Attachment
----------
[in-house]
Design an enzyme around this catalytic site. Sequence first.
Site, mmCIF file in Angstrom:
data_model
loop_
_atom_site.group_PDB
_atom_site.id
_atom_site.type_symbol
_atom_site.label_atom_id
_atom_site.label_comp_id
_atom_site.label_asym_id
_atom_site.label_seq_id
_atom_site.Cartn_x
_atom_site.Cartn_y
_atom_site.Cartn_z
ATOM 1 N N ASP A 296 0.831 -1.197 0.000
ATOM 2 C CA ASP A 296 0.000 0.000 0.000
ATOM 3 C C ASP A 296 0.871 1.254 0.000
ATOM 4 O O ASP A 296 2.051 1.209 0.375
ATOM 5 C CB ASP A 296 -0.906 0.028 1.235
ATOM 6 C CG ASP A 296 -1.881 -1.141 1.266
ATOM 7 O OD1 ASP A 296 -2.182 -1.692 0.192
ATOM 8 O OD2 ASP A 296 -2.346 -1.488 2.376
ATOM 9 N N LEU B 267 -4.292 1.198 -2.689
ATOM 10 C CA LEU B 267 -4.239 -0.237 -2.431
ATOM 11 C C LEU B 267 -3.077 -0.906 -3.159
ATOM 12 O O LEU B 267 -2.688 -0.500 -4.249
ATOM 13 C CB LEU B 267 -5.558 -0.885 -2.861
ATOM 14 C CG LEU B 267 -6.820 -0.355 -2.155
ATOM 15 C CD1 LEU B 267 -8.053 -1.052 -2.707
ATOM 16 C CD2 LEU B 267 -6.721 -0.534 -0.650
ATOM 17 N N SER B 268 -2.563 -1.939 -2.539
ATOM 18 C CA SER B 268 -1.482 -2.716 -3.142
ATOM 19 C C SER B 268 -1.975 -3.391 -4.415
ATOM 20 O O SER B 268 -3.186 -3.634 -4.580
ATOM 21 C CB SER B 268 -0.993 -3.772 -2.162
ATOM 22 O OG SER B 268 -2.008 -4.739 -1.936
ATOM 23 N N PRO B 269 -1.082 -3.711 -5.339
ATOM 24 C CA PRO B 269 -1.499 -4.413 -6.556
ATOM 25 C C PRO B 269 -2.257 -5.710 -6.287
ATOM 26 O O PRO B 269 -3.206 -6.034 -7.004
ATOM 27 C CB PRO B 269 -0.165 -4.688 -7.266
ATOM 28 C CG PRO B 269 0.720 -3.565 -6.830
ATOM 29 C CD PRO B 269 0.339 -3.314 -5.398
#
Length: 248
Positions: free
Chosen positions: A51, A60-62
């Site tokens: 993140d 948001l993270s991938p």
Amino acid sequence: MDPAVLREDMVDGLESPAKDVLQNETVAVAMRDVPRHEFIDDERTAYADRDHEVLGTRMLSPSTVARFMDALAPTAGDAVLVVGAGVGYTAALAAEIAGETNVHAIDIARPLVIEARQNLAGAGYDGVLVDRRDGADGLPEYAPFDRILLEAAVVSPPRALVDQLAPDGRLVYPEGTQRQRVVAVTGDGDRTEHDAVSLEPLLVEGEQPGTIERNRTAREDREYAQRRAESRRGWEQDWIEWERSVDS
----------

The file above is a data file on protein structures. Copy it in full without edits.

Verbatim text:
[in-house]
Design an enzyme around this catalytic site. Sequence first.
Site, mmCIF file in Angstrom:
data_model
loop_
_atom_site.group_PDB
_atom_site.id
_atom_site.type_symbol
_atom_site.label_atom_id
_atom_site.label_comp_id
_atom_site.label_asym_id
_atom_site.label_seq_id
_atom_site.Cartn_x
_atom_site.Cartn_y
_atom_site.Cartn_z
ATOM 1 N N ASP A 296 0.831 -1.197 0.000
ATOM 2 C CA ASP A 296 0.000 0.000 0.000
ATOM 3 C C ASP A 296 0.871 1.254 0.000
ATOM 4 O O ASP A 296 2.051 1.209 0.375
ATOM 5 C CB ASP A 296 -0.906 0.028 1.235
ATOM 6 C CG ASP A 296 -1.881 -1.141 1.266
ATOM 7 O OD1 ASP A 296 -2.182 -1.692 0.192
ATOM 8 O OD2 ASP A 296 -2.346 -1.488 2.376
ATOM 9 N N LEU B 267 -4.292 1.198 -2.689
ATOM 10 C CA LEU B 267 -4.239 -0.237 -2.431
ATOM 11 C C LEU B 267 -3.077 -0.906 -3.159
ATOM 12 O O LEU B 267 -2.688 -0.500 -4.249
ATOM 13 C CB LEU B 267 -5.558 -0.885 -2.861
ATOM 14 C CG LEU B 267 -6.820 -0.355 -2.155
ATOM 15 C CD1 LEU B 267 -8.053 -1.052 -2.707
ATOM 16 C CD2 LEU B 267 -6.721 -0.534 -0.650
ATOM 17 N N SER B 268 -2.563 -1.939 -2.539
ATOM 18 C CA SER B 268 -1.482 -2.716 -3.142
ATOM 19 C C SER B 268 -1.975 -3.391 -4.415
ATOM 20 O O SER B 268 -3.186 -3.634 -4.580
ATOM 21 C CB SER B 268 -0.993 -3.772 -2.162
ATOM 22 O OG SER B 268 -2.008 -4.739 -1.936
ATOM 23 N N PRO B 269 -1.082 -3.711 -5.339
ATOM 24 C CA PRO B 269 -1.499 -4.413 -6.556
ATOM 25 C C PRO B 269 -2.257 -5.710 -6.287
ATOM 26 O O PRO B 269 -3.206 -6.034 -7.004
ATOM 27 C CB PRO B 269 -0.165 -4.688 -7.266
ATOM 28 C CG PRO B 269 0.720 -3.565 -6.830
ATOM 29 C CD PRO B 269 0.339 -3.314 -5.398
#
Length: 248
Positions: free
Chosen positions: A51, A60-62
């Site tokens: 993140d 948001l993270s991938p």
Amino acid sequence: MDPAVLREDMVDGLESPAKDVLQNETVAVAMRDVPRHEFIDDERTAYADRDHEVLGTRMLSPSTVARFMDALAPTAGDAVLVVGAGVGYTAALAAEIAGETNVHAIDIARPLVIEARQNLAGAGYDGVLVDRRDGADGLPEYAPFDRILLEAAVVSPPRALVDQLAPDGRLVYPEGTQRQRVVAVTGDGDRTEHDAVSLEPLLVEGEQPGTIERNRTAREDREYAQRRAESRRGWEQDWIEWERSVDS